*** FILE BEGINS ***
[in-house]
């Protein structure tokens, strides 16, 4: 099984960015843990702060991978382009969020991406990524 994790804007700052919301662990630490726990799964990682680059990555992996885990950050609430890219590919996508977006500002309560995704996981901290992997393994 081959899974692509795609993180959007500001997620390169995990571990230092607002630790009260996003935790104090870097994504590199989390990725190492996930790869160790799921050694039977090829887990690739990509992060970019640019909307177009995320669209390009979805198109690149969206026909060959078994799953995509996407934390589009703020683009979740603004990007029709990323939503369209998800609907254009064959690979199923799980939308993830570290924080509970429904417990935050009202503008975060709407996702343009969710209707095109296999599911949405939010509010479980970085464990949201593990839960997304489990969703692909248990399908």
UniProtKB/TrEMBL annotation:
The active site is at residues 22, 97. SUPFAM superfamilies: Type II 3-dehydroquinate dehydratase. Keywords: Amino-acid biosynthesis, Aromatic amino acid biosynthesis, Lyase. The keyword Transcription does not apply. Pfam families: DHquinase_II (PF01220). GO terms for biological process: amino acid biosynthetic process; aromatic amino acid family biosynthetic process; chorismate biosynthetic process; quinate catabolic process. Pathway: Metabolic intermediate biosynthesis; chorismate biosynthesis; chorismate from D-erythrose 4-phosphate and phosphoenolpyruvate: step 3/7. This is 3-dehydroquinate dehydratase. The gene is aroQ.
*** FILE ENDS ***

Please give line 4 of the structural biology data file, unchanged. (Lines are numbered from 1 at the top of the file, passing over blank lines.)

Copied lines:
The active site is at residues 22, 97. SUPFAM superfamilies: Type II 3-dehydroquinate dehydratase. Keywords: Amino-acid biosynthesis, Aromatic amino acid biosynthesis, Lyase. The keyword Transcription does not apply. Pfam families: DHquinase_II (PF01220). GO terms for biological process: amino acid biosynthetic process; aromatic amino acid family biosynthetic process; chorismate biosynthetic process; quinate catabolic process. Pathway: Metabolic intermediate biosynthesis; chorismate biosynthesis; chorismate from D-erythrose 4-phosphate and phosphoenolpyruvate: step 3/7. This is 3-dehydroquinate dehydratase. The gene is aroQ.